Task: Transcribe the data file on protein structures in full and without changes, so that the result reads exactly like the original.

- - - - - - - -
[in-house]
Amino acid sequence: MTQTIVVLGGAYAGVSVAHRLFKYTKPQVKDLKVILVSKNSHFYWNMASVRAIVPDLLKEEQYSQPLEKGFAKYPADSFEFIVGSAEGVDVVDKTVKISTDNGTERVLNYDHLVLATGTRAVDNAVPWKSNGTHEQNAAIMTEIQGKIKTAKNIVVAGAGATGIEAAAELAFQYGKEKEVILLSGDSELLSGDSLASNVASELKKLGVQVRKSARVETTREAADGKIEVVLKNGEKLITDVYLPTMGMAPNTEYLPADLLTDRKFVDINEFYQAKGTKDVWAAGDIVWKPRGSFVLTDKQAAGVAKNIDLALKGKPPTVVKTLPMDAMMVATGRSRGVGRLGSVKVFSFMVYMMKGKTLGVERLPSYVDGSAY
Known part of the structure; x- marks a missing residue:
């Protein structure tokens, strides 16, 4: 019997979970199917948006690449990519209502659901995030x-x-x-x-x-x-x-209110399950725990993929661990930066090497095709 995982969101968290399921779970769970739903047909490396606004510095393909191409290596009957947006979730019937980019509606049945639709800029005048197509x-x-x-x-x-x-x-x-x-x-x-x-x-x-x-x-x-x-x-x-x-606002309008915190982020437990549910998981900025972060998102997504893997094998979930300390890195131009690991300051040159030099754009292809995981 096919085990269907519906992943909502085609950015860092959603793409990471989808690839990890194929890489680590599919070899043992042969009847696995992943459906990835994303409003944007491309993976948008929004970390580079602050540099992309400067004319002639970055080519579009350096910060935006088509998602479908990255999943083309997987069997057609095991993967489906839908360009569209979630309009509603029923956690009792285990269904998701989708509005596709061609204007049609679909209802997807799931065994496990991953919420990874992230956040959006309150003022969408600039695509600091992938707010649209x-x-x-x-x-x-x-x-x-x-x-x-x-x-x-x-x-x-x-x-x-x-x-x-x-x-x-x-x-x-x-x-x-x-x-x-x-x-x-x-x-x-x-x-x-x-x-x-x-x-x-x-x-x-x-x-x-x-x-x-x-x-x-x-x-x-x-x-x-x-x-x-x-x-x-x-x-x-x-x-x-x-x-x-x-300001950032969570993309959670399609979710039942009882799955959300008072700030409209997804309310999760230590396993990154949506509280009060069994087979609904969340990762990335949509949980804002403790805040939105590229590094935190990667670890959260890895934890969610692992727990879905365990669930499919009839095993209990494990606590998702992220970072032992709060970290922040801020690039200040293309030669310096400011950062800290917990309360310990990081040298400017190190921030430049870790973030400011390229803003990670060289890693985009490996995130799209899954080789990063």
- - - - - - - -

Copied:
[in-house]
Amino acid sequence: MTQTIVVLGGAYAGVSVAHRLFKYTKPQVKDLKVILVSKNSHFYWNMASVRAIVPDLLKEEQYSQPLEKGFAKYPADSFEFIVGSAEGVDVVDKTVKISTDNGTERVLNYDHLVLATGTRAVDNAVPWKSNGTHEQNAAIMTEIQGKIKTAKNIVVAGAGATGIEAAAELAFQYGKEKEVILLSGDSELLSGDSLASNVASELKKLGVQVRKSARVETTREAADGKIEVVLKNGEKLITDVYLPTMGMAPNTEYLPADLLTDRKFVDINEFYQAKGTKDVWAAGDIVWKPRGSFVLTDKQAAGVAKNIDLALKGKPPTVVKTLPMDAMMVATGRSRGVGRLGSVKVFSFMVYMMKGKTLGVERLPSYVDGSAY
Known part of the structure; x- marks a missing residue:
């Protein structure tokens, strides 16, 4: 019997979970199917948006690449990519209502659901995030x-x-x-x-x-x-x-209110399950725990993929661990930066090497095709 995982969101968290399921779970769970739903047909490396606004510095393909191409290596009957947006979730019937980019509606049945639709800029005048197509x-x-x-x-x-x-x-x-x-x-x-x-x-x-x-x-x-x-x-x-x-606002309008915190982020437990549910998981900025972060998102997504893997094998979930300390890195131009690991300051040159030099754009292809995981 096919085990269907519906992943909502085609950015860092959603793409990471989808690839990890194929890489680590599919070899043992042969009847696995992943459906990835994303409003944007491309993976948008929004970390580079602050540099992309400067004319002639970055080519579009350096910060935006088509998602479908990255999943083309997987069997057609095991993967489906839908360009569209979630309009509603029923956690009792285990269904998701989708509005596709061609204007049609679909209802997807799931065994496990991953919420990874992230956040959006309150003022969408600039695509600091992938707010649209x-x-x-x-x-x-x-x-x-x-x-x-x-x-x-x-x-x-x-x-x-x-x-x-x-x-x-x-x-x-x-x-x-x-x-x-x-x-x-x-x-x-x-x-x-x-x-x-x-x-x-x-x-x-x-x-x-x-x-x-x-x-x-x-x-x-x-x-x-x-x-x-x-x-x-x-x-x-x-x-x-x-x-x-x-300001950032969570993309959670399609979710039942009882799955959300008072700030409209997804309310999760230590396993990154949506509280009060069994087979609904969340990762990335949509949980804002403790805040939105590229590094935190990667670890959260890895934890969610692992727990879905365990669930499919009839095993209990494990606590998702992220970072032992709060970290922040801020690039200040293309030669310096400011950062800290917990309360310990990081040298400017190190921030430049870790973030400011390229803003990670060289890693985009490996995130799209899954080789990063």